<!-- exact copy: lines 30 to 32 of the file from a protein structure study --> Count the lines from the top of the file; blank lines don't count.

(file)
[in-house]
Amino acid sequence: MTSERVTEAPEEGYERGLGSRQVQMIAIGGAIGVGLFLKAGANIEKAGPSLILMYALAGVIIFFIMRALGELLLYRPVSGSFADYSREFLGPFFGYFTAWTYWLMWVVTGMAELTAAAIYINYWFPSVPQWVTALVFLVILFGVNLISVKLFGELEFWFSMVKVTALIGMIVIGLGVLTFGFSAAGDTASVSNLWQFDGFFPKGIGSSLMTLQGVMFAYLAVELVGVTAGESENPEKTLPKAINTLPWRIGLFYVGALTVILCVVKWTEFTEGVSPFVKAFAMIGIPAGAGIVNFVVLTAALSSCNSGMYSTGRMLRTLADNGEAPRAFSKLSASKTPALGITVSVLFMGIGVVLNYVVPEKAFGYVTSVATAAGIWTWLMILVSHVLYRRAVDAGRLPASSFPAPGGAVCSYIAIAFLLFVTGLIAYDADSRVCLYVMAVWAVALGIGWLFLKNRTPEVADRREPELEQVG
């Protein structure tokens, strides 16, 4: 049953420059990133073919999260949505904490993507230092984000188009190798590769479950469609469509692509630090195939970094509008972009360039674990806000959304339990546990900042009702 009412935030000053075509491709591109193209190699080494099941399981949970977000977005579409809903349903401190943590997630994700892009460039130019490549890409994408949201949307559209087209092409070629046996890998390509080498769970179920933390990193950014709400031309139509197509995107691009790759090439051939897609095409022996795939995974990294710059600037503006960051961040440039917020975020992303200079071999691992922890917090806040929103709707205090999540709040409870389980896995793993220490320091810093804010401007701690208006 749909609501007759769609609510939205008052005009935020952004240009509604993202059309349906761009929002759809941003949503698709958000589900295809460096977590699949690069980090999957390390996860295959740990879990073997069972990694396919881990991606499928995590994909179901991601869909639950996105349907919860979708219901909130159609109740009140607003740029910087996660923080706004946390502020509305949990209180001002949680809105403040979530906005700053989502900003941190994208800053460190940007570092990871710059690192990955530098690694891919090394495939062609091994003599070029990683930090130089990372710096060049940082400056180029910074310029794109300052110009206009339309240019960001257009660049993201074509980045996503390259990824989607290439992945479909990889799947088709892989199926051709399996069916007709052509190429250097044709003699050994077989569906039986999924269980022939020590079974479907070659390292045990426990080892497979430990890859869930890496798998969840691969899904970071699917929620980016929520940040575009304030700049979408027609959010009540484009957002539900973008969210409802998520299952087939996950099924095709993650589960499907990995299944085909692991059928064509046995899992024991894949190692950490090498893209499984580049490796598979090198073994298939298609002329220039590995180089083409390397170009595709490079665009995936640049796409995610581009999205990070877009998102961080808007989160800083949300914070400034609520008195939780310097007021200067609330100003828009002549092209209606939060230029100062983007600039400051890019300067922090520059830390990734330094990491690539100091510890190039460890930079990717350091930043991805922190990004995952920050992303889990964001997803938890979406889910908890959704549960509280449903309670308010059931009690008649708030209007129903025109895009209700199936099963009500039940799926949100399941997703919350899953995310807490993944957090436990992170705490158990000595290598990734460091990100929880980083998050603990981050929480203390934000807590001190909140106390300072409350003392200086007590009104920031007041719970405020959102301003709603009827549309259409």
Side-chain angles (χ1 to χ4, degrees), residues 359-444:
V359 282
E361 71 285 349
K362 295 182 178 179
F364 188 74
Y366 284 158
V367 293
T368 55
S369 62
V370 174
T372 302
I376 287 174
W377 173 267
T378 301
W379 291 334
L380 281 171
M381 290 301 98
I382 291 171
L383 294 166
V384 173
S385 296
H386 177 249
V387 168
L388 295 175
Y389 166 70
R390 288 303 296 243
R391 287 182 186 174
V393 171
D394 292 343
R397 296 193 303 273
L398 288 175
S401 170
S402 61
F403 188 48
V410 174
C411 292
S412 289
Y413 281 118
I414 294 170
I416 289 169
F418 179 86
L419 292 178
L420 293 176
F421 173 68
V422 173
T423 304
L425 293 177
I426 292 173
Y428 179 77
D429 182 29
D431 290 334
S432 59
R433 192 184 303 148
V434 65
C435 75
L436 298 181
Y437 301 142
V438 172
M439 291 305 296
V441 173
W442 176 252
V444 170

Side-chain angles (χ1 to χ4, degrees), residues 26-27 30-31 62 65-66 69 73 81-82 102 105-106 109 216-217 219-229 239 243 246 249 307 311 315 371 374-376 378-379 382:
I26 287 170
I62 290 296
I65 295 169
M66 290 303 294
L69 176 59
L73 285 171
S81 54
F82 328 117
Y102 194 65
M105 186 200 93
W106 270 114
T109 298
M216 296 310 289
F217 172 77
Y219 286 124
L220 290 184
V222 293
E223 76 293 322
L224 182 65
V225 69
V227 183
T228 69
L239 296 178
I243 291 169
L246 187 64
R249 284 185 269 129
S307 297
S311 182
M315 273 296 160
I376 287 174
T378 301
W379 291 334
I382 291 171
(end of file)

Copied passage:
R391 287 182 186 174
V393 171
D394 292 343